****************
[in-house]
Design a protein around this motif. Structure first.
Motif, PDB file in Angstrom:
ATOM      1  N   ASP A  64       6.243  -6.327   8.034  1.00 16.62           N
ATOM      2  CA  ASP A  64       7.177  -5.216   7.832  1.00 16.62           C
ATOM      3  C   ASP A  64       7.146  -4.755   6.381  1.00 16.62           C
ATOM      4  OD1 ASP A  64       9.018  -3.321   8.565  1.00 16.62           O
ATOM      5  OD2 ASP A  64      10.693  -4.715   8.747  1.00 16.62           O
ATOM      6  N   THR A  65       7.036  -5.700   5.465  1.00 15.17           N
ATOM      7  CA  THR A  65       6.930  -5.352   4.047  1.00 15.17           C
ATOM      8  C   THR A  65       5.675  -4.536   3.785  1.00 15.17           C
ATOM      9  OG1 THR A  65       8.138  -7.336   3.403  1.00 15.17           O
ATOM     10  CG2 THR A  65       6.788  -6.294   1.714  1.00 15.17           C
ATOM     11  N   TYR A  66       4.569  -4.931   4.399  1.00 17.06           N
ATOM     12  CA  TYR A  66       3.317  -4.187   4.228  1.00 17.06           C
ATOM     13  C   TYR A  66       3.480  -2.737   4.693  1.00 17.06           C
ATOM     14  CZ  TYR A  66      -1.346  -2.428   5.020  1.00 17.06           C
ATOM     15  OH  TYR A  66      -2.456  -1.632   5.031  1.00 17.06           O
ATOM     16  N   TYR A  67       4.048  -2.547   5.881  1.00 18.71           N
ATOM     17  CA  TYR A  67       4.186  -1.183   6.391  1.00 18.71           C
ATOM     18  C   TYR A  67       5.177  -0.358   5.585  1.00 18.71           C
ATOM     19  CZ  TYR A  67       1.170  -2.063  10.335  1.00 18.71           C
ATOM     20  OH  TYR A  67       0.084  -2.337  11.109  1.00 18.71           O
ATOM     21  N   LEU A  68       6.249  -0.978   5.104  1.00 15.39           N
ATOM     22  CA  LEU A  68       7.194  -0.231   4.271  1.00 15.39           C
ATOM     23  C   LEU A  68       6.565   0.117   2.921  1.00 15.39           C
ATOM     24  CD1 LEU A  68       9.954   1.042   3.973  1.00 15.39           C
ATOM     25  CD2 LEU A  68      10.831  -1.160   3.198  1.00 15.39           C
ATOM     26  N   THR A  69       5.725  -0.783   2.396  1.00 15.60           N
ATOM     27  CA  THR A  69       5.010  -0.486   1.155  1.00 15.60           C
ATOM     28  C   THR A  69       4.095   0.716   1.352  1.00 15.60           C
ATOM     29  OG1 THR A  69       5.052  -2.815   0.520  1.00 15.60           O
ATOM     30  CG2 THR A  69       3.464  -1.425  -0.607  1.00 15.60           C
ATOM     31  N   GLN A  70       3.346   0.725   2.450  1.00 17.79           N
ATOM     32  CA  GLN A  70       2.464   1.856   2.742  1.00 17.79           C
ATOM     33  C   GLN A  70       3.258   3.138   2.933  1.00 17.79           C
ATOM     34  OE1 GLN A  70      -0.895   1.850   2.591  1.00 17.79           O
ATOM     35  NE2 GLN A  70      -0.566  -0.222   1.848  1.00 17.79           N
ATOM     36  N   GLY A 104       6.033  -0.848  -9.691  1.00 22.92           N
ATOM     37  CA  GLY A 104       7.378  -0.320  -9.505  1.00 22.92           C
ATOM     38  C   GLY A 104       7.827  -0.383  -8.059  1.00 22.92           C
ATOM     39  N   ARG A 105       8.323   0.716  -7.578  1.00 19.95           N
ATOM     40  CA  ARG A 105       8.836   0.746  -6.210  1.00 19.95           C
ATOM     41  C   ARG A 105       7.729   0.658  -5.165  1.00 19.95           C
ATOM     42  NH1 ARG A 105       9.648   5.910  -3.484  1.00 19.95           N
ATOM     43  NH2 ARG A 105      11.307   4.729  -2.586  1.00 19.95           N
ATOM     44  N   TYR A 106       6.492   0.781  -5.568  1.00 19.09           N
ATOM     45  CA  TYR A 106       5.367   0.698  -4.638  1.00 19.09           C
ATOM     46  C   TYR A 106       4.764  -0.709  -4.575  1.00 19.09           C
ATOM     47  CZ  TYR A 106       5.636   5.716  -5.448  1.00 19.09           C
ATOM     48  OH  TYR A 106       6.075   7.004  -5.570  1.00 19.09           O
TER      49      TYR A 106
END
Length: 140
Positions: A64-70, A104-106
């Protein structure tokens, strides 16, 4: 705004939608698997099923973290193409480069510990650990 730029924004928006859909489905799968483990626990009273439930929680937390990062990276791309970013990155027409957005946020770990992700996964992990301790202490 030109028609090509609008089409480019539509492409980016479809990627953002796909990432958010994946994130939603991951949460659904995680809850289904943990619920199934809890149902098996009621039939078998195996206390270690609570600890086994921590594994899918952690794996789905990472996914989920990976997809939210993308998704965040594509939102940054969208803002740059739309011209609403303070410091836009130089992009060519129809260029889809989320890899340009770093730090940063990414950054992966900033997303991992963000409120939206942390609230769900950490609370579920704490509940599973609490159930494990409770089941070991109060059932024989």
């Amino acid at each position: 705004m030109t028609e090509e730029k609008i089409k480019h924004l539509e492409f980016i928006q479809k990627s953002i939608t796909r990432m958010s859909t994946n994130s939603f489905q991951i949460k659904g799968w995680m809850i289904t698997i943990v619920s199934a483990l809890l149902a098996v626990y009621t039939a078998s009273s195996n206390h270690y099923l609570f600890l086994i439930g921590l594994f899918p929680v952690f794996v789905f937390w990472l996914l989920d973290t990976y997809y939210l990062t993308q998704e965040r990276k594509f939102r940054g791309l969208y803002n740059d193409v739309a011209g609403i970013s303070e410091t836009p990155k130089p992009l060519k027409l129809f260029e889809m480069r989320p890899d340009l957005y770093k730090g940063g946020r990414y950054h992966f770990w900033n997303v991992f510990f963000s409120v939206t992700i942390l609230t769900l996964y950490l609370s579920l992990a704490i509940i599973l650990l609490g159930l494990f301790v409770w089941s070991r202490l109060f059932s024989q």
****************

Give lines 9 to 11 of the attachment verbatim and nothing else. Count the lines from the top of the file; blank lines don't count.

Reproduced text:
ATOM      6  N   THR A  65       7.036  -5.700   5.465  1.00 15.17           N
ATOM      7  CA  THR A  65       6.930  -5.352   4.047  1.00 15.17           C
ATOM      8  C   THR A  65       5.675  -4.536   3.785  1.00 15.17           C